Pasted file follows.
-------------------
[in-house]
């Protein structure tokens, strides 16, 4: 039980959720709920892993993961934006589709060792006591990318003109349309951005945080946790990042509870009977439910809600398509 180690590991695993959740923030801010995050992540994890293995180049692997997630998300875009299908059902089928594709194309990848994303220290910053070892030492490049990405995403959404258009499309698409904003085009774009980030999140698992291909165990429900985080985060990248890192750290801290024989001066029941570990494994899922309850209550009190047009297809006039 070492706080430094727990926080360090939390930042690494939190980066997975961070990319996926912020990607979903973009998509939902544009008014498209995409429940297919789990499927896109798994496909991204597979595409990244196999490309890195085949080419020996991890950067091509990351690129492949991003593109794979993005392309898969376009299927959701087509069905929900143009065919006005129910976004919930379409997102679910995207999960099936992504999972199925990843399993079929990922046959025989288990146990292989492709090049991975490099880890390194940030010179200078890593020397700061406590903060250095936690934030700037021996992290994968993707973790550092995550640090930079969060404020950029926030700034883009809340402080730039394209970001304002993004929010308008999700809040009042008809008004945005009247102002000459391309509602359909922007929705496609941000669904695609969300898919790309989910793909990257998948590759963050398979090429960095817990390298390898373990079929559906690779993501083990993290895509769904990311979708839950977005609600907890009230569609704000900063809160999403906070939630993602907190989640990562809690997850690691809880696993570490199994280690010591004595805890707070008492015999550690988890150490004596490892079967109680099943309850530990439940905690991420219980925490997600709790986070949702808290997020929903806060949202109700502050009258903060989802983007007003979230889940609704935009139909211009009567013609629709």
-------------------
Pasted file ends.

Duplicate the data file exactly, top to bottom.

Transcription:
[in-house]
């Protein structure tokens, strides 16, 4: 039980959720709920892993993961934006589709060792006591990318003109349309951005945080946790990042509870009977439910809600398509 180690590991695993959740923030801010995050992540994890293995180049692997997630998300875009299908059902089928594709194309990848994303220290910053070892030492490049990405995403959404258009499309698409904003085009774009980030999140698992291909165990429900985080985060990248890192750290801290024989001066029941570990494994899922309850209550009190047009297809006039 070492706080430094727990926080360090939390930042690494939190980066997975961070990319996926912020990607979903973009998509939902544009008014498209995409429940297919789990499927896109798994496909991204597979595409990244196999490309890195085949080419020996991890950067091509990351690129492949991003593109794979993005392309898969376009299927959701087509069905929900143009065919006005129910976004919930379409997102679910995207999960099936992504999972199925990843399993079929990922046959025989288990146990292989492709090049991975490099880890390194940030010179200078890593020397700061406590903060250095936690934030700037021996992290994968993707973790550092995550640090930079969060404020950029926030700034883009809340402080730039394209970001304002993004929010308008999700809040009042008809008004945005009247102002000459391309509602359909922007929705496609941000669904695609969300898919790309989910793909990257998948590759963050398979090429960095817990390298390898373990079929559906690779993501083990993290895509769904990311979708839950977005609600907890009230569609704000900063809160999403906070939630993602907190989640990562809690997850690691809880696993570490199994280690010591004595805890707070008492015999550690988890150490004596490892079967109680099943309850530990439940905690991420219980925490997600709790986070949702808290997020929903806060949202109700502050009258903060989802983007007003979230889940609704935009139909211009009567013609629709």